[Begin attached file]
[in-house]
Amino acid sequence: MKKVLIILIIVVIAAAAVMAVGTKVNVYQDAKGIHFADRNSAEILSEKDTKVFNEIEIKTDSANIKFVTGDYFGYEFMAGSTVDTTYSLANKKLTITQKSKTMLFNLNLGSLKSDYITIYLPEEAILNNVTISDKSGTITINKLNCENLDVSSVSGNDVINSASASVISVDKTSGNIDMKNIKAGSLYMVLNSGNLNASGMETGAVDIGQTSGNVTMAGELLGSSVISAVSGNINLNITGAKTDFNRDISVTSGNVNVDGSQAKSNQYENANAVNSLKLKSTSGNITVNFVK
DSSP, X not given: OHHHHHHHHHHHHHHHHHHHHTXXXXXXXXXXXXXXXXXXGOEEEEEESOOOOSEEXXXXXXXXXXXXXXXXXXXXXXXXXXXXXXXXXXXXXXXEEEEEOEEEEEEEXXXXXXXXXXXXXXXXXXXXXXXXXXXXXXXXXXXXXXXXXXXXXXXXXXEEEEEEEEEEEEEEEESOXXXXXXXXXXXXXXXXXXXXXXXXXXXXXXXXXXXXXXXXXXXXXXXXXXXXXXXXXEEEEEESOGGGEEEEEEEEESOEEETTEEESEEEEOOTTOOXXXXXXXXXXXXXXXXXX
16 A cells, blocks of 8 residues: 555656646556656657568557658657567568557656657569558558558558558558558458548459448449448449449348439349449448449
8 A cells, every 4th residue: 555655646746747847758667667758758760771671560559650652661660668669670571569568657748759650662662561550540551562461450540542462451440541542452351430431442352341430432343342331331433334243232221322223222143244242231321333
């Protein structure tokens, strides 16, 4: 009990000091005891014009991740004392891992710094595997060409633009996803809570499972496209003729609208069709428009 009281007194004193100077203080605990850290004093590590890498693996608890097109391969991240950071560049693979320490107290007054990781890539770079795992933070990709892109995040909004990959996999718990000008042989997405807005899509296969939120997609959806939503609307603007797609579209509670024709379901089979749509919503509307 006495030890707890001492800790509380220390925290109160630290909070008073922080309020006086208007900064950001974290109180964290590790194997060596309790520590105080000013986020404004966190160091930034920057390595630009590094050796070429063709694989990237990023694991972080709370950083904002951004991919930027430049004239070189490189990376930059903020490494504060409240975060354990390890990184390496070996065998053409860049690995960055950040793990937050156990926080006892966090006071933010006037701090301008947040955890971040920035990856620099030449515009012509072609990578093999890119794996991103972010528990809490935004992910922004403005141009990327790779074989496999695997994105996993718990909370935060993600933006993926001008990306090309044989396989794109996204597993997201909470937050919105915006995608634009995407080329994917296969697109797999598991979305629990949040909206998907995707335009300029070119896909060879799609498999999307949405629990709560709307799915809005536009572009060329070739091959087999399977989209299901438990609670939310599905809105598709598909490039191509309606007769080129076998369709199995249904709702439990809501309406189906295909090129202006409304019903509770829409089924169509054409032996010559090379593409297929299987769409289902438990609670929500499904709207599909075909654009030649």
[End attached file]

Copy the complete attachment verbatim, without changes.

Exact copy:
[in-house]
Amino acid sequence: MKKVLIILIIVVIAAAAVMAVGTKVNVYQDAKGIHFADRNSAEILSEKDTKVFNEIEIKTDSANIKFVTGDYFGYEFMAGSTVDTTYSLANKKLTITQKSKTMLFNLNLGSLKSDYITIYLPEEAILNNVTISDKSGTITINKLNCENLDVSSVSGNDVINSASASVISVDKTSGNIDMKNIKAGSLYMVLNSGNLNASGMETGAVDIGQTSGNVTMAGELLGSSVISAVSGNINLNITGAKTDFNRDISVTSGNVNVDGSQAKSNQYENANAVNSLKLKSTSGNITVNFVK
DSSP, X not given: OHHHHHHHHHHHHHHHHHHHHTXXXXXXXXXXXXXXXXXXGOEEEEEESOOOOSEEXXXXXXXXXXXXXXXXXXXXXXXXXXXXXXXXXXXXXXXEEEEEOEEEEEEEXXXXXXXXXXXXXXXXXXXXXXXXXXXXXXXXXXXXXXXXXXXXXXXXXXEEEEEEEEEEEEEEEESOXXXXXXXXXXXXXXXXXXXXXXXXXXXXXXXXXXXXXXXXXXXXXXXXXXXXXXXXXEEEEEESOGGGEEEEEEEEESOEEETTEEESEEEEOOTTOOXXXXXXXXXXXXXXXXXX
16 A cells, blocks of 8 residues: 555656646556656657568557658657567568557656657569558558558558558558558458548459448449448449449348439349449448449
8 A cells, every 4th residue: 555655646746747847758667667758758760771671560559650652661660668669670571569568657748759650662662561550540551562461450540542462451440541542452351430431442352341430432343342331331433334243232221322223222143244242231321333
């Protein structure tokens, strides 16, 4: 009990000091005891014009991740004392891992710094595997060409633009996803809570499972496209003729609208069709428009 009281007194004193100077203080605990850290004093590590890498693996608890097109391969991240950071560049693979320490107290007054990781890539770079795992933070990709892109995040909004990959996999718990000008042989997405807005899509296969939120997609959806939503609307603007797609579209509670024709379901089979749509919503509307 006495030890707890001492800790509380220390925290109160630290909070008073922080309020006086208007900064950001974290109180964290590790194997060596309790520590105080000013986020404004966190160091930034920057390595630009590094050796070429063709694989990237990023694991972080709370950083904002951004991919930027430049004239070189490189990376930059903020490494504060409240975060354990390890990184390496070996065998053409860049690995960055950040793990937050156990926080006892966090006071933010006037701090301008947040955890971040920035990856620099030449515009012509072609990578093999890119794996991103972010528990809490935004992910922004403005141009990327790779074989496999695997994105996993718990909370935060993600933006993926001008990306090309044989396989794109996204597993997201909470937050919105915006995608634009995407080329994917296969697109797999598991979305629990949040909206998907995707335009300029070119896909060879799609498999999307949405629990709560709307799915809005536009572009060329070739091959087999399977989209299901438990609670939310599905809105598709598909490039191509309606007769080129076998369709199995249904709702439990809501309406189906295909090129202006409304019903509770829409089924169509054409032996010559090379593409297929299987769409289902438990609670929500499904709207599909075909654009030649």